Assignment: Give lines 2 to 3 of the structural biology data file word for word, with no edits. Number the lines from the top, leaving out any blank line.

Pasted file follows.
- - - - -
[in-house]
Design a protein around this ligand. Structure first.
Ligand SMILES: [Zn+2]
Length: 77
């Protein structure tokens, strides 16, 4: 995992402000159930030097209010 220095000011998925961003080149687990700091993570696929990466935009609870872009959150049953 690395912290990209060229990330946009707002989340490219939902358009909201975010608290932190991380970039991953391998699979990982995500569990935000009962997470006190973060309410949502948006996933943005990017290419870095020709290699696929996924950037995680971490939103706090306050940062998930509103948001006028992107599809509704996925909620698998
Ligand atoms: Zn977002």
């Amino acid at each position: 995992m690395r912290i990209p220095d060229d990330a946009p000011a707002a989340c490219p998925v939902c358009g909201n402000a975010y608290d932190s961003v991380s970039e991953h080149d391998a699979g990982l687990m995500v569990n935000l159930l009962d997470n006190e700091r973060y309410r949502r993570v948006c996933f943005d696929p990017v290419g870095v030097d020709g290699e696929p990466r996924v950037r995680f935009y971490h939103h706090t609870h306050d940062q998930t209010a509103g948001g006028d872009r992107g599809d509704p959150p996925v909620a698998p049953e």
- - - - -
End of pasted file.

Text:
Design a protein around this ligand. Structure first.
Ligand SMILES: [Zn+2]